# Spectrophotometer Principle

The spectrophotometer is an instrument which measures an amount of light that a sample absorbs. The spectrophotometer works by passing a light beam through a sample to measure the light intensity of a sample. These instruments are used in the process of measuring color and used for monitoring color accuracy throughout production. They are primarily used by researchers and manufacturers everywhere. The major Spectrophotometer Applications are limitless as they are used in practically every industrial and commercial field. However, it finds its major applications in liquids, plastics, paper, metals and fabrics. This helps in ensuring that the color chosen remains consistent from its original conception to the final, finished product.

A spectrophotometer is made up of two instruments: a spectrometer and a photometer. The spectrometer is to produce light of any wavelength, while the photometer is to measure the intensity of light. The spectrophotometer is designed in a way that the liquid or a sample is placed between spectrometer and photometer. The photometer measures the amount of light that passes through the sample and delivers a voltage signal to the display. If the absorbing of light change, the voltage signal also changes. Spectrophotometers come in a variety of shapes and sizes and have multipurpose uses to them. The different types of spectrophotometers available are all different from one another, based on their application and desired functionality. The most popular spectrophotometers are 45 degree, sphere and multi-angle spectrophotometers. Another closely related concept is Spectroscopy, that simply measures the absorption of light from its source and the intensity of light as well.

The basic spectrophotometer instrument consists of a light source, a digital display, a monochromator, a wavelength sector to transmit selected wavelength, a collimator for straight light beam transmission, photoelectric detector and a cuvette to place a sample.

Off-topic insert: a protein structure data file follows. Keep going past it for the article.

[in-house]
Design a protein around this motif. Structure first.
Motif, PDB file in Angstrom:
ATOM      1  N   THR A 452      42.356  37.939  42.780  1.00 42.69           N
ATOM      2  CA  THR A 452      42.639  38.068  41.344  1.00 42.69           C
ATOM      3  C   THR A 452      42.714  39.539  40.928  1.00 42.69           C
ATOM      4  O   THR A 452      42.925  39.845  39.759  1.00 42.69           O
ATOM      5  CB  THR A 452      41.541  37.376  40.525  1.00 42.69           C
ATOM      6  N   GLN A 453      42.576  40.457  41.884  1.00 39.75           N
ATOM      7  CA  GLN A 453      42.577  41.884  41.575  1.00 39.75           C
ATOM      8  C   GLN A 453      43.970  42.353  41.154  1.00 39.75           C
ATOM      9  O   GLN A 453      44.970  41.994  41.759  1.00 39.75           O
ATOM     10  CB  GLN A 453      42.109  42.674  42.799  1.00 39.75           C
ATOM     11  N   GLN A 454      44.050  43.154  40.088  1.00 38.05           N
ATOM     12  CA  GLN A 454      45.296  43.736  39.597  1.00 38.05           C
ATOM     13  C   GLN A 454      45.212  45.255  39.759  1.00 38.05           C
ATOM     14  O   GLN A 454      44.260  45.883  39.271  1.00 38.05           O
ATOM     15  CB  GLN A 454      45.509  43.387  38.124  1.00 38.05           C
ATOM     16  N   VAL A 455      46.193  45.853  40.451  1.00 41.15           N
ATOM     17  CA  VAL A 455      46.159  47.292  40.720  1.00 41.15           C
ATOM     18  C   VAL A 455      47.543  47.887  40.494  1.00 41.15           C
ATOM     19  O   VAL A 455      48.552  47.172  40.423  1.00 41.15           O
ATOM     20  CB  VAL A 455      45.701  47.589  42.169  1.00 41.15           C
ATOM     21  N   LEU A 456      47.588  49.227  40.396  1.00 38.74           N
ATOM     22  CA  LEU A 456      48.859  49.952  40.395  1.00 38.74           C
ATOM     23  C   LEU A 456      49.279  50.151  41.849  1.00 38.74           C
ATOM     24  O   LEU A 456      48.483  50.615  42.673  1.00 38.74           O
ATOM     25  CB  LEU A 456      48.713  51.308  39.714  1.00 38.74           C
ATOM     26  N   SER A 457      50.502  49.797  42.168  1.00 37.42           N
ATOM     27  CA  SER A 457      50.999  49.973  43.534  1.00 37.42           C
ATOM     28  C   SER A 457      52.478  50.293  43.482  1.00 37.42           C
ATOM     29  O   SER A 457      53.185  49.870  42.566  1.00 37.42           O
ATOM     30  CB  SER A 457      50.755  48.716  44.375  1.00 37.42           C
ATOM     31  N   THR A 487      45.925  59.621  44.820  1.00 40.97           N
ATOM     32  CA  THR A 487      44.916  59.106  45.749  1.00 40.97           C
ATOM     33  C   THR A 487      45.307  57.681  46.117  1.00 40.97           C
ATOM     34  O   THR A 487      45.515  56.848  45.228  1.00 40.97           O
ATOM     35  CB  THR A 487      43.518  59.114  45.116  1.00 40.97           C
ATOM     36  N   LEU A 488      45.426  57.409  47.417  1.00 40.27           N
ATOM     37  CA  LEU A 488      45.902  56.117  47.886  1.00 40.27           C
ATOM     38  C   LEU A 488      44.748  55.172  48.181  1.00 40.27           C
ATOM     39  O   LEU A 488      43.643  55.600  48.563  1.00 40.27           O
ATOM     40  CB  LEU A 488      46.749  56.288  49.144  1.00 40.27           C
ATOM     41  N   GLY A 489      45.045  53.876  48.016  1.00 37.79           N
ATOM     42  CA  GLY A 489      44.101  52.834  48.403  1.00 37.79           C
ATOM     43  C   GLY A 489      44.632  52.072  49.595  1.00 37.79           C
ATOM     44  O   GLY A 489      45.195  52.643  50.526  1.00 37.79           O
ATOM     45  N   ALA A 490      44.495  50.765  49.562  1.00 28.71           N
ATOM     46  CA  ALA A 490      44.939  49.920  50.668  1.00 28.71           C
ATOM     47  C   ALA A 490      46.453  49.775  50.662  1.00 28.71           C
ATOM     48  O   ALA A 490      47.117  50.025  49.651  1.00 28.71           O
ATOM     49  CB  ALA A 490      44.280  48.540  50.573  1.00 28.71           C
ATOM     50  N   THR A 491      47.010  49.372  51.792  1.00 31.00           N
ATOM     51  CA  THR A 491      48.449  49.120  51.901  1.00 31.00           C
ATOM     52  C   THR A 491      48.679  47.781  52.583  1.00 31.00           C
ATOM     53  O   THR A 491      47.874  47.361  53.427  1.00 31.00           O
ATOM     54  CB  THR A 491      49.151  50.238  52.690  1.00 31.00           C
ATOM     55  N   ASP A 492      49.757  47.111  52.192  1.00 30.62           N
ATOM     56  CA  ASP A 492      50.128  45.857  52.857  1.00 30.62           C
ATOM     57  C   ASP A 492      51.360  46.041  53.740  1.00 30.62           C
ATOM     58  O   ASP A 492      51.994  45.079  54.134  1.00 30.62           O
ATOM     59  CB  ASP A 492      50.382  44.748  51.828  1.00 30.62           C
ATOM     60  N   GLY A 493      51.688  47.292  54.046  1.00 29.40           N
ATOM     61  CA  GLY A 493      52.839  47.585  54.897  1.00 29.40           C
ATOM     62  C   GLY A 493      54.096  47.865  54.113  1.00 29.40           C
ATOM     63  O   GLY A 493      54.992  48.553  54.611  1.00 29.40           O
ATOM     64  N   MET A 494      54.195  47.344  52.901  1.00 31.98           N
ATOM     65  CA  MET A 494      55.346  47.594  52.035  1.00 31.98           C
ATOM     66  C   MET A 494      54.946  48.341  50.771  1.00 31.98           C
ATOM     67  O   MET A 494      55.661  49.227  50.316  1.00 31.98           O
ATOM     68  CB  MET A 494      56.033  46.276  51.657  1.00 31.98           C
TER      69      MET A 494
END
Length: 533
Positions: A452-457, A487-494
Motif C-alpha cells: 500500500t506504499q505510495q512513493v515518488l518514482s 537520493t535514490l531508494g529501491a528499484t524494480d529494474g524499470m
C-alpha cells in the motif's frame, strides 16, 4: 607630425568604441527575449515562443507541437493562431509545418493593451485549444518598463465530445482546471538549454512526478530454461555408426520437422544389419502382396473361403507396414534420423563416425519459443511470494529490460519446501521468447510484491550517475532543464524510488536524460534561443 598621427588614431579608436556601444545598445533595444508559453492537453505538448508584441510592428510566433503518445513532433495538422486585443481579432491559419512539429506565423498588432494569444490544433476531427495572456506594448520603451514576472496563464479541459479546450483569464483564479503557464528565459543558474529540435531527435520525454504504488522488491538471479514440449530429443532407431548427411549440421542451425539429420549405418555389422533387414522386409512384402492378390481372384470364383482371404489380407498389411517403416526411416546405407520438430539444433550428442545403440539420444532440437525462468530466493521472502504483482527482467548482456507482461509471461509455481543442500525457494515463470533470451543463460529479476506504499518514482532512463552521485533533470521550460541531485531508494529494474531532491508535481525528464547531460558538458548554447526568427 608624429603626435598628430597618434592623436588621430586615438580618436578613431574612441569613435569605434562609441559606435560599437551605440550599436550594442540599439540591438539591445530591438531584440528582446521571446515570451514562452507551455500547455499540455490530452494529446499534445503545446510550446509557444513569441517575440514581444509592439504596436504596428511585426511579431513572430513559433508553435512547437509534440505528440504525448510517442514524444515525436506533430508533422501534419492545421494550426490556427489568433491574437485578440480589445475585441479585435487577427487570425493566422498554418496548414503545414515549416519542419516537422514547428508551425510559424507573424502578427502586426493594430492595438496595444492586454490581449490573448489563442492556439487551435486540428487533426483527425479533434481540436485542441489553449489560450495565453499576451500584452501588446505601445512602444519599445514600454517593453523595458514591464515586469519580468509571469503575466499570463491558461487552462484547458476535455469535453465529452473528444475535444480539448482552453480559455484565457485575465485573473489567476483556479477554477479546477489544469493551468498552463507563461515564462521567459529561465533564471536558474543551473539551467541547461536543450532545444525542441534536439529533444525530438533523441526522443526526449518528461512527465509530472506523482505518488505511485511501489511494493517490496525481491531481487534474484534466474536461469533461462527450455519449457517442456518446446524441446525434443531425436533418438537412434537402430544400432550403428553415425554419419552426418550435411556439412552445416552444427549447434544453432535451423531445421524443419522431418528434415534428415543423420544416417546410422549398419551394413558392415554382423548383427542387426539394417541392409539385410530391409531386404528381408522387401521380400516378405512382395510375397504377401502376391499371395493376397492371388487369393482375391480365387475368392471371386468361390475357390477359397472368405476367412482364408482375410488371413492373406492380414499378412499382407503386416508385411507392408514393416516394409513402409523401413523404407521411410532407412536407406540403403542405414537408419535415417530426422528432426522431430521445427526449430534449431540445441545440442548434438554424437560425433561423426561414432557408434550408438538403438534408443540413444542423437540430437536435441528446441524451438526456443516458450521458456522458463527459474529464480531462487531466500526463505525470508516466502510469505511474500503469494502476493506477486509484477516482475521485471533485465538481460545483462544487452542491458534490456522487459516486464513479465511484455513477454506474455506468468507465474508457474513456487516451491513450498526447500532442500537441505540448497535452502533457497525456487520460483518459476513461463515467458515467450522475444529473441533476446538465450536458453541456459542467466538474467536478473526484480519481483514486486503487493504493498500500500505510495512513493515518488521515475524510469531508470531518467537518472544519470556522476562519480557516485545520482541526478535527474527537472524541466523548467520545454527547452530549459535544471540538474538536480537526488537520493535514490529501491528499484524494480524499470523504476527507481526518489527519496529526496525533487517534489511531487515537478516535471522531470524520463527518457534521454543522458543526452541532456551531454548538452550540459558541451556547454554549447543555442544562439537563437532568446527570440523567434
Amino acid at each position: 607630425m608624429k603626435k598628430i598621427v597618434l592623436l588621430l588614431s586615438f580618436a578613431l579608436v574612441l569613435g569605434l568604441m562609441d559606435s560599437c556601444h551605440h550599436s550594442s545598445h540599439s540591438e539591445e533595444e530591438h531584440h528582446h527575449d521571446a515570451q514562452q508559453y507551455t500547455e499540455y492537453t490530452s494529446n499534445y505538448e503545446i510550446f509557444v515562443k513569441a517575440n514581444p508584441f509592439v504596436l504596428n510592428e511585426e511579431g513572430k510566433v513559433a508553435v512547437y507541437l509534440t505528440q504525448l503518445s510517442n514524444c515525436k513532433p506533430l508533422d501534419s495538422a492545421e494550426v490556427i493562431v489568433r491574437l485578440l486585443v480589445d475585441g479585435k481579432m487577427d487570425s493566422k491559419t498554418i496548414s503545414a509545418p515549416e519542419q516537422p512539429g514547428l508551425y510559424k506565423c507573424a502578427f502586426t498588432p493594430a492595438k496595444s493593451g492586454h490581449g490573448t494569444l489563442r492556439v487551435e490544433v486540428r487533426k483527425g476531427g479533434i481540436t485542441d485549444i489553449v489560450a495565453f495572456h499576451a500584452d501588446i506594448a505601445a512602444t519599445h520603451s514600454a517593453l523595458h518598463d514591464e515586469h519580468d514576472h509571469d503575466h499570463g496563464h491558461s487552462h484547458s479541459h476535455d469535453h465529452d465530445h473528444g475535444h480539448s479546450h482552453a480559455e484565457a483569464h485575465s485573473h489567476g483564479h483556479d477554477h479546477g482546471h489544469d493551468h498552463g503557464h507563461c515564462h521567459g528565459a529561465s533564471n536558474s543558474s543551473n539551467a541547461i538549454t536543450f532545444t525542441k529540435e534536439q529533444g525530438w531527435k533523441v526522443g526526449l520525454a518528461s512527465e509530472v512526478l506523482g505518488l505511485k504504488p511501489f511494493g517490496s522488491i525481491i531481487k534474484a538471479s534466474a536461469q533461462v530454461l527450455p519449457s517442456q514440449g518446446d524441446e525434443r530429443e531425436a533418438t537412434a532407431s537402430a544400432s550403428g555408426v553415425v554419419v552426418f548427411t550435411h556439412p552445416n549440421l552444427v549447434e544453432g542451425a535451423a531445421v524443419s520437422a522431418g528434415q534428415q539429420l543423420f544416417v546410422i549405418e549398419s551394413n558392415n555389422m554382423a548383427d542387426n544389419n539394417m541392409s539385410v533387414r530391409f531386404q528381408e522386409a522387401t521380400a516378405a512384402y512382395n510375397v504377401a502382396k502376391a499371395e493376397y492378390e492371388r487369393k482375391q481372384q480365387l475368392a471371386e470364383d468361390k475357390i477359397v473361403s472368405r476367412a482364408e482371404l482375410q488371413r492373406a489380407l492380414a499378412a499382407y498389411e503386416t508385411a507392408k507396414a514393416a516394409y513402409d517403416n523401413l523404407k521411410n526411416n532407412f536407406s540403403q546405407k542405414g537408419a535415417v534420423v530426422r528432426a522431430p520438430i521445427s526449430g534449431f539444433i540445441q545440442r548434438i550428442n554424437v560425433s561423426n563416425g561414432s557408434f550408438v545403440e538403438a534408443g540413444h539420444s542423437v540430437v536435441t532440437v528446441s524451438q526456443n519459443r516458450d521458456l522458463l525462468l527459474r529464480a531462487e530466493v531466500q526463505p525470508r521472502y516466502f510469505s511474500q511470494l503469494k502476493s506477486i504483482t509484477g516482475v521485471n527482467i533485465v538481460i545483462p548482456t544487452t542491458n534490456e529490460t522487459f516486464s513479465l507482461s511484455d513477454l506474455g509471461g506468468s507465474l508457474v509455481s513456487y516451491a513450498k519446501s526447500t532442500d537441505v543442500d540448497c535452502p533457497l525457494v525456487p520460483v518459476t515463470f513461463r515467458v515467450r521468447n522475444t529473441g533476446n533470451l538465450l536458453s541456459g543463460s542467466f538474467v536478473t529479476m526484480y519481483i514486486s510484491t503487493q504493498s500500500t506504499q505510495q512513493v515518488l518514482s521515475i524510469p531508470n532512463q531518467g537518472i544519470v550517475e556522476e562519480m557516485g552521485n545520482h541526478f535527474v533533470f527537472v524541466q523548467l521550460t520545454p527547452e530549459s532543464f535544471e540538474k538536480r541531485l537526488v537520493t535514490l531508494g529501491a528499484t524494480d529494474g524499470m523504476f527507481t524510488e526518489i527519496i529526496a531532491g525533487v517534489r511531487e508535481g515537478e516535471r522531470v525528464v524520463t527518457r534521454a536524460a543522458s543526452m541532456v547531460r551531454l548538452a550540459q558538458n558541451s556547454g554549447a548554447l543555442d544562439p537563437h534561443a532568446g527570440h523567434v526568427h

The intensity of light is symbolized as l0 measure the number of photons per second. When the light is passed through the blank solution, it does not absorb light and is symbolized as (l). Other important factors are Absorbance (A) and Transmittance (T).

$T = \frac{l}{l_{0}}$

$A = -log_{10} \ T$

Here, we need to measure the intensity of light that passes a blank solution, and later measures the intensity of light passing a sample. Calculate the transmittance and the absorbance. For the measurement of absorbance, we can use an isosbestic point where the absorbance and wavelength of two or more species are the same.

A number of protons transmit and absorb totally depended on the length of the cuvette and the concentration of the sample.

The transmittance and absorption relation is:

$Absorbance \ (A) = -log (T) = – log(T) = -log\left ( \frac{l_{t}}{l_{0}} \right )$

The transmittance of an unknown sample can be calculated using the formula given below.

$Transmittance \ (T) = \frac{l_{t}}{l_{o}}$

Here,

$l_{t}$ = Light intensity after passing via cuvette

${l_{0}}$ = Light intensity before passing via cuvette

Further, there are several varieties of spectrophotometer devices such as UV Spectrometry, atomic emission spectrophotometry and atomic absorption spectrophotometry and much more. It can also be classified into two types based on the range of light source wavelengths like IR spectrophotometer and UV-visible spectrophotometer. Some of the major real life applications of spectrophotometry in various fields are laundry soap, carpeting and production of small parts such as toys or intricate machinery. The major types of spectrophotometers are categorized into 2, these are mainly portable spectrophotometers and bench spectrophotometers, they both are unique and have their own uses.